Three Penn students launched a club this semester to help beginners get their start in software development, as many of the existing clubs on campus require prior experience in the field.
Penn Creative Labs aims to build a community of designers and developers who work together to build projects, focusing primarily on web and app development and UI/UX design. Applicants do not need any prior experience to join PCL and will instead receive training upon joining, co-founder and Engineering sophomore Grace Jiang said.
All club members will participate in a two-week boot camp to learn design or development before they begin working on a semester-long project. The development track covers topics such as Github, HTML, and CSS, while the design track covers topics such as typography, color theory, and Figma 101.
Jiang started preparing to launch the club during the fall 2020 semester, when she reached out to College junior Olivia Zha and Wharton junior Christina Lu to co-found the organization with her.
“Penn doesn’t have that many beginner-friendly tech clubs, and so I wanted to create one and have a space for Penn students to learn about software development in an inclusive and friendly environment,” Jiang said.
PCL had their first general meeting on Feb. 8, and Lu said they were very excited by the interest in the club.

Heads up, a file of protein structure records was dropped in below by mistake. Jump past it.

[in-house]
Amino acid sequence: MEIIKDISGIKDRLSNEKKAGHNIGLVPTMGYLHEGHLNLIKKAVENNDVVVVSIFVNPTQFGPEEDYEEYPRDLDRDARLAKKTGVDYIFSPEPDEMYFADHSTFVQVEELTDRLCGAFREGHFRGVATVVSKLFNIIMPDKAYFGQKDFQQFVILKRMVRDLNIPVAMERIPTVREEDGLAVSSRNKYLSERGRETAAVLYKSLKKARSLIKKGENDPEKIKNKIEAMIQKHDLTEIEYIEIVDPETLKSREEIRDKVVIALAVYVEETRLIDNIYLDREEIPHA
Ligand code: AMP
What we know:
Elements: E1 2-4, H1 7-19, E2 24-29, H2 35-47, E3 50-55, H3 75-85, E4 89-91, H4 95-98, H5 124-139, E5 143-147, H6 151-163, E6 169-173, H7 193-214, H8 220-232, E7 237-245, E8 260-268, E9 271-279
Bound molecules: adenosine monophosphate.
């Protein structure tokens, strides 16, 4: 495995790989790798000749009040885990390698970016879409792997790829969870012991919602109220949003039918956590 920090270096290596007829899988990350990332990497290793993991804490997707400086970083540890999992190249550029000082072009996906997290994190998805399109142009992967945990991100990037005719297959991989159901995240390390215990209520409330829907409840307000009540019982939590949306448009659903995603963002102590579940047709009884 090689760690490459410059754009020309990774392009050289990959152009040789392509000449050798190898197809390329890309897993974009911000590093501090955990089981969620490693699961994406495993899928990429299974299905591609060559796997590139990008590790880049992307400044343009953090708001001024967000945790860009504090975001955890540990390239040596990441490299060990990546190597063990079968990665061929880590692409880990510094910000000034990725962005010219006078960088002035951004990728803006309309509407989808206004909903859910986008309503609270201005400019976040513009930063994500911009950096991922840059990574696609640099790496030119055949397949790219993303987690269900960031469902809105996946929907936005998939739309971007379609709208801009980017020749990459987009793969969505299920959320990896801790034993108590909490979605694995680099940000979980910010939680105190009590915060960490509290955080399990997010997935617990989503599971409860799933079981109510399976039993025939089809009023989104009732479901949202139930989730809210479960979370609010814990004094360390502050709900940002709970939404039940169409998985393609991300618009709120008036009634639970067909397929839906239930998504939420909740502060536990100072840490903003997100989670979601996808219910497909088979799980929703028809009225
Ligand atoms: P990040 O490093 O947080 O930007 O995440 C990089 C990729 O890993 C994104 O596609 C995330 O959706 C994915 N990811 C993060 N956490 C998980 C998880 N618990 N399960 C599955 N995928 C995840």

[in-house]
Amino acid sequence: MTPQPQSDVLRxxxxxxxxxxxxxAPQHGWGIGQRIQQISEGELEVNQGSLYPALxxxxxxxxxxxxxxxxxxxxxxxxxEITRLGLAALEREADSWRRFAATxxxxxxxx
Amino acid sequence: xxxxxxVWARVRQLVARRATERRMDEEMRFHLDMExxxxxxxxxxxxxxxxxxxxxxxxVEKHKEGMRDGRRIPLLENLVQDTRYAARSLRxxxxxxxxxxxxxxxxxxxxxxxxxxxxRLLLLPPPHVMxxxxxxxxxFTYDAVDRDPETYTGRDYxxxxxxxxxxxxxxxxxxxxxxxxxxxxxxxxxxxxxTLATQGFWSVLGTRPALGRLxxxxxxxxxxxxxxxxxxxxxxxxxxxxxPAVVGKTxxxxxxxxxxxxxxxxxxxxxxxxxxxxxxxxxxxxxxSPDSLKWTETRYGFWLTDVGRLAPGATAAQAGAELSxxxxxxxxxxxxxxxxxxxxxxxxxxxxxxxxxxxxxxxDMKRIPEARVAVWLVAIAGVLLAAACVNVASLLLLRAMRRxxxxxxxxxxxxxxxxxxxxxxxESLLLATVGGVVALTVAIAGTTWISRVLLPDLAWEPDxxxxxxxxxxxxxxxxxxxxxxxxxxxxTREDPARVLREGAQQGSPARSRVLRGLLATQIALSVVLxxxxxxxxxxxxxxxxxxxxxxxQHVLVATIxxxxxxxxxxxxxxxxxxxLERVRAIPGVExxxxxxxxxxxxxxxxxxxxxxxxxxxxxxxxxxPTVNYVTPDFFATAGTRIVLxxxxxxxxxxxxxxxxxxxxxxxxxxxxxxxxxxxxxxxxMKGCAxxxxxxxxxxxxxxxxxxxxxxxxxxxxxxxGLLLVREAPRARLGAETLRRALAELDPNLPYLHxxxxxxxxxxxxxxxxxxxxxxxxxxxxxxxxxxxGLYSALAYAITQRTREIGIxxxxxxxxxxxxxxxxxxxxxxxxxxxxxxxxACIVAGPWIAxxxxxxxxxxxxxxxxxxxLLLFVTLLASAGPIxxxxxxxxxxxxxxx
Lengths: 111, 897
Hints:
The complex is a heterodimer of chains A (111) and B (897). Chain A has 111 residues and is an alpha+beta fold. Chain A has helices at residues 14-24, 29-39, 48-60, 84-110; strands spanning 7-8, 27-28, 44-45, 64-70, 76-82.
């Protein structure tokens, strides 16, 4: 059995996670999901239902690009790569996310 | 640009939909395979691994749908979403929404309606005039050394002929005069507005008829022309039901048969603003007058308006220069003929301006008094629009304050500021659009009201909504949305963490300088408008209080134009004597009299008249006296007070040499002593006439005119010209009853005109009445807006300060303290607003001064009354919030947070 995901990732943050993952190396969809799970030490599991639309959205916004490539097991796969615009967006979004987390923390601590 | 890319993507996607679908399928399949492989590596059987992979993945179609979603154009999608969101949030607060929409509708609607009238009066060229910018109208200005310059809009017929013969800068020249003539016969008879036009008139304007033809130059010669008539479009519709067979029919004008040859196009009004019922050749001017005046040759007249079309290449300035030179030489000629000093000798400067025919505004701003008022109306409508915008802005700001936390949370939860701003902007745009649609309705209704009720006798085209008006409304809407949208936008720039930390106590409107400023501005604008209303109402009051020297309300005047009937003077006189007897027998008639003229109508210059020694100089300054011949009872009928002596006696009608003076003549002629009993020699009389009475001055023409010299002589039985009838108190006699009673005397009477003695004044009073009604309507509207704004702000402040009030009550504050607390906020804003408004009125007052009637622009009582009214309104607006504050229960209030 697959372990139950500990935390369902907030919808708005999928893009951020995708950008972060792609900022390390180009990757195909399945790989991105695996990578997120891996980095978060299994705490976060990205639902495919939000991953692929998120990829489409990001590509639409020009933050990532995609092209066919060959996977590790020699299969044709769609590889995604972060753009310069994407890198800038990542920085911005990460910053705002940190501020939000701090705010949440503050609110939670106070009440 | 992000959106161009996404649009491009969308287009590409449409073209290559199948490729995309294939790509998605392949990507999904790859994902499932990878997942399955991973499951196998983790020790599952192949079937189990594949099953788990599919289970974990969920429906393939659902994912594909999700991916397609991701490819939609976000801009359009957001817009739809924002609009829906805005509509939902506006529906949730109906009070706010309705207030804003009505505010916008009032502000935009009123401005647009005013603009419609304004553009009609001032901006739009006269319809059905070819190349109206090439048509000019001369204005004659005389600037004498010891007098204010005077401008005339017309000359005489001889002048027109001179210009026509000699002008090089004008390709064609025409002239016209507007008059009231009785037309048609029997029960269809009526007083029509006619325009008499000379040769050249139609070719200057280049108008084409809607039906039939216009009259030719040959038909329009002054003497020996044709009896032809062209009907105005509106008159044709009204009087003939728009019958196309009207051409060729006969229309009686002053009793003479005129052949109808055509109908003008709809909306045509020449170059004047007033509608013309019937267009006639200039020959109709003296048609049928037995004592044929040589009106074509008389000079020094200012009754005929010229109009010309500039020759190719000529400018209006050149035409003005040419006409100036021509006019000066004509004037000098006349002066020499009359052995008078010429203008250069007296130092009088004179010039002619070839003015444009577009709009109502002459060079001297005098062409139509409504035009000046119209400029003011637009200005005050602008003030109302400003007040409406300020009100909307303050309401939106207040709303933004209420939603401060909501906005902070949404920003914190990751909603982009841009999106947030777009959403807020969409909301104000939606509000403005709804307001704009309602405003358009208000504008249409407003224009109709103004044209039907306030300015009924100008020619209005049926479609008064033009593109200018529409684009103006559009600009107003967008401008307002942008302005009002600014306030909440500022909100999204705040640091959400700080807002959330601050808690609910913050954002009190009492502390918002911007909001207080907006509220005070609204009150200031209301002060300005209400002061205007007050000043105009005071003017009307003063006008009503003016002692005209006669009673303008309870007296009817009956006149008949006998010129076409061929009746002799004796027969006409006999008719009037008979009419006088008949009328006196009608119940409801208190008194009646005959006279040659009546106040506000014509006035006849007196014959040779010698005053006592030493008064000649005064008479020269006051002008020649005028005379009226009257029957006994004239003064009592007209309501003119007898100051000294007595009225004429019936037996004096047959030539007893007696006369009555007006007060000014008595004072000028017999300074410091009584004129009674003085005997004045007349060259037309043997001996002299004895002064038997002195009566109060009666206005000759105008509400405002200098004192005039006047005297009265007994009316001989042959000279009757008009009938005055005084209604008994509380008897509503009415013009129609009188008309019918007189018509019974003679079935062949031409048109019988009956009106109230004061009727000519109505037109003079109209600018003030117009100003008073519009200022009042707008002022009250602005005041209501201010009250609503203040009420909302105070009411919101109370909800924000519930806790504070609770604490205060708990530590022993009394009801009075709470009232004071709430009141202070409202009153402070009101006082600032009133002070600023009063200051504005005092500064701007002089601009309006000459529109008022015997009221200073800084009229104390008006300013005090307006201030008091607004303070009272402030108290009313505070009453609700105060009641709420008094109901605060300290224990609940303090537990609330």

A lot of the project-based clubs at Penn have big teams that work on predetermined projects, Jiang said, explaining that members therefore do not have much freedom and creative choice regarding what they work on.
“Many people, especially freshman, come into college with minimal experience and don’t feel qualified and so they end up not applying to these tech clubs,” Jiang said.
Zha said that PCL also plans to allow members to choose what projects to work on, enabling them to create something they are passionate about and can take ownership of.
Social chair and College junior Olivia Cheng said she joined PCL over winter break because of the club's collaborative and inclusive environment. She was also excited by the club's commitment to welcoming students with no background knowledge and teaching them about software design.
“Within Penn computer science culture, it can feel really hard to get started and get some experience without already being very good at software development,” Cheng said.
In her role as social chair, she hopes to make sure members have fun and get to know each other while they are working on their projects. Due to COVID-19, however, she added that PCL is only hosting virtual social events this semester.
“At Penn, the classes can be very demanding and I want coding to seem fun and enjoyable and something to bond over with other people instead of something that seems like a lot of work or something that isolates you,” Cheng said.
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